Tomatillo, poblano and heirloom bean chowder

3 tablespoons olive oil

2 medium (1 pound) sliced yellow onions

2 medium (½ pound) stemmed and seeded fresh poblano chilies, cut in large dice

1 tablespoon finely slivered garlic

2 cups (3/4 pound) husked and quartered tomatillos

½ teaspoon whole fennel seeds

½ teaspoon cumin seeds

2 teaspoons dried oregano (preferably Mexican)

2 cups petite diced canned tomatoes with juice (Muir Glen brand preferred)

7 cups rich clear chicken or vegetable stock

1½ cups cooked favorite heirloom beans (see note)

1/4 teaspoon ground cinnamon

Salt and freshly ground black pepper

Fresh lime juice

3 tablespoons chopped fresh cilantro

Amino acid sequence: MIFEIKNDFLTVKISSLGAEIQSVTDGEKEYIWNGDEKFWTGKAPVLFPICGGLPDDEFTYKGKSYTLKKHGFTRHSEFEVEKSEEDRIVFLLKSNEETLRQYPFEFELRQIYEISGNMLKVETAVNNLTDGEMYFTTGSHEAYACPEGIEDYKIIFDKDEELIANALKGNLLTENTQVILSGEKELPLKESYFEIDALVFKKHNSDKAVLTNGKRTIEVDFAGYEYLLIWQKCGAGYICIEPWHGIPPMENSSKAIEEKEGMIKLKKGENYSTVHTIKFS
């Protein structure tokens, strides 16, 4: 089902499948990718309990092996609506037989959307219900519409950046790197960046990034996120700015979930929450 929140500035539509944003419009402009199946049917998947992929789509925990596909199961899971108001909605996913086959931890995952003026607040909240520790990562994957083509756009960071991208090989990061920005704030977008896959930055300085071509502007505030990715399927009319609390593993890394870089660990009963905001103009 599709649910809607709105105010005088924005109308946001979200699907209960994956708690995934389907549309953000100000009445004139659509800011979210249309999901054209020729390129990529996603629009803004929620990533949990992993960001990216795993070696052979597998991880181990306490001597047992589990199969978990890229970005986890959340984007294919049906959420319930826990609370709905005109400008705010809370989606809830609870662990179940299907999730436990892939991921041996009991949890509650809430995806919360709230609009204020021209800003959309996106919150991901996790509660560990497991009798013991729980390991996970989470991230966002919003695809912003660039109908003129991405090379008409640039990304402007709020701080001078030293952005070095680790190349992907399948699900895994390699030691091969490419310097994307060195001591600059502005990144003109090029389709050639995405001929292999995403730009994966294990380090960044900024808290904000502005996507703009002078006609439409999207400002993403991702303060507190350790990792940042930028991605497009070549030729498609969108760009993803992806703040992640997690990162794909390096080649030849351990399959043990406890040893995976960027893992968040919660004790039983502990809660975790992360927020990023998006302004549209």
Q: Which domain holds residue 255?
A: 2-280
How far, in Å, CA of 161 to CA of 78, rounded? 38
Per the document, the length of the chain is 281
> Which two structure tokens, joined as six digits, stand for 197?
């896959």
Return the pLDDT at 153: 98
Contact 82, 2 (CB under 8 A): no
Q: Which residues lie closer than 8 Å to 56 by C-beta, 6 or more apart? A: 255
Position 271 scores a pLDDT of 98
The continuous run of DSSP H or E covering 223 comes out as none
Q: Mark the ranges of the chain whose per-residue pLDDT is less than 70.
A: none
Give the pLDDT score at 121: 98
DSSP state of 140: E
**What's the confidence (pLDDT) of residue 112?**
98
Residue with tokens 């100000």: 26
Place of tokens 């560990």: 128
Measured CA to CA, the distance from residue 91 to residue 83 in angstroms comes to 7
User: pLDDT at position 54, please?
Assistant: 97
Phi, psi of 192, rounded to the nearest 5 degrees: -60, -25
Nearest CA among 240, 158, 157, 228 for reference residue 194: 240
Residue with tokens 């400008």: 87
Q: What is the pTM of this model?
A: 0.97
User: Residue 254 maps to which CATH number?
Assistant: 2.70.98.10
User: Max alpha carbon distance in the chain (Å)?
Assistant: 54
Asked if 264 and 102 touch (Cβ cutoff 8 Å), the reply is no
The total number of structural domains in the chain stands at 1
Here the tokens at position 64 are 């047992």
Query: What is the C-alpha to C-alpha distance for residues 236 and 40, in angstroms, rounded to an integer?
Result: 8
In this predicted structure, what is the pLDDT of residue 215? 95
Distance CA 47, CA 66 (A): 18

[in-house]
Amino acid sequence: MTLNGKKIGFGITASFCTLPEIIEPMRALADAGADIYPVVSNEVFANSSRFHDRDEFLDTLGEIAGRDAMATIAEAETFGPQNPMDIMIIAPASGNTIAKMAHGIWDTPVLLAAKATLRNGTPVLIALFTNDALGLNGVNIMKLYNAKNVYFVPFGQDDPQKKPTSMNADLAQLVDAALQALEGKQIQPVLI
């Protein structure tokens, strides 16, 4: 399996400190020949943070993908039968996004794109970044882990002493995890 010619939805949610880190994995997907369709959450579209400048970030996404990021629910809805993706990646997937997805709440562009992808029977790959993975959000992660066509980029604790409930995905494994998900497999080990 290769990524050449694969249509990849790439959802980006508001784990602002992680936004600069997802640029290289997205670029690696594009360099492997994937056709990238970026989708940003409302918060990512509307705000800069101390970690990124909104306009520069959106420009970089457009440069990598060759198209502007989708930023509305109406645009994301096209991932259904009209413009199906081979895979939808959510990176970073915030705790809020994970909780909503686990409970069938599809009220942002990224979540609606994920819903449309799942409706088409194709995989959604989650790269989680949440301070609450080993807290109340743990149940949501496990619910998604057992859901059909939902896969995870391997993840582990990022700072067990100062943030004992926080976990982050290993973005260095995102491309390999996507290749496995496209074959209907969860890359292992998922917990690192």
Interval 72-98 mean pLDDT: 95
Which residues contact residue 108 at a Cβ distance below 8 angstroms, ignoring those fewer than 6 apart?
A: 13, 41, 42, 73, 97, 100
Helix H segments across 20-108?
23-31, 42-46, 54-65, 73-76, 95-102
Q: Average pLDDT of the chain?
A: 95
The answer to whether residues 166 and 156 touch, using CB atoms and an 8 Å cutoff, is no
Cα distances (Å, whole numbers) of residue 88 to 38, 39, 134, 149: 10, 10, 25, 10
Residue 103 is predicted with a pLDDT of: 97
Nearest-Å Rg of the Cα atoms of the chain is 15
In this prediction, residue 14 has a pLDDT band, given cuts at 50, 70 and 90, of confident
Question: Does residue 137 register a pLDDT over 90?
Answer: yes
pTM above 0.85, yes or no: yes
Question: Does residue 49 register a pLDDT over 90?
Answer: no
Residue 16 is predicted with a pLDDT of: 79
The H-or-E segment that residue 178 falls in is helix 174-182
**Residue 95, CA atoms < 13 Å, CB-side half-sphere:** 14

In a saucepan, heat olive oil over moderately high heat. Add onion, poblano chilies and garlic. Saute until soft but not brown, about 5 minutes. Add tomatillos, fennel seed, cumin seed, oregano, tomatoes with juice and stock. Simmer gently for 10 to 15 minutes.

Add beans and cinnamon; bring to a simmer to heat through and season to taste with salt, pepper and a few drops of lime juice. Stir in cilantro just before serving. Makes 6 to 8 servings.

Note: You can use whatever bean you like. I love tocamares chocolate, gigande or Christmas limas for this soup.

Good mail order sources for heirloom beans are Phipps Country Store (visit www.phippscountry.com); Vanns Spices (www.vannsspices.com), and, my favorite, Purcell Mountain Farms (www.purcellmountainfarms.com).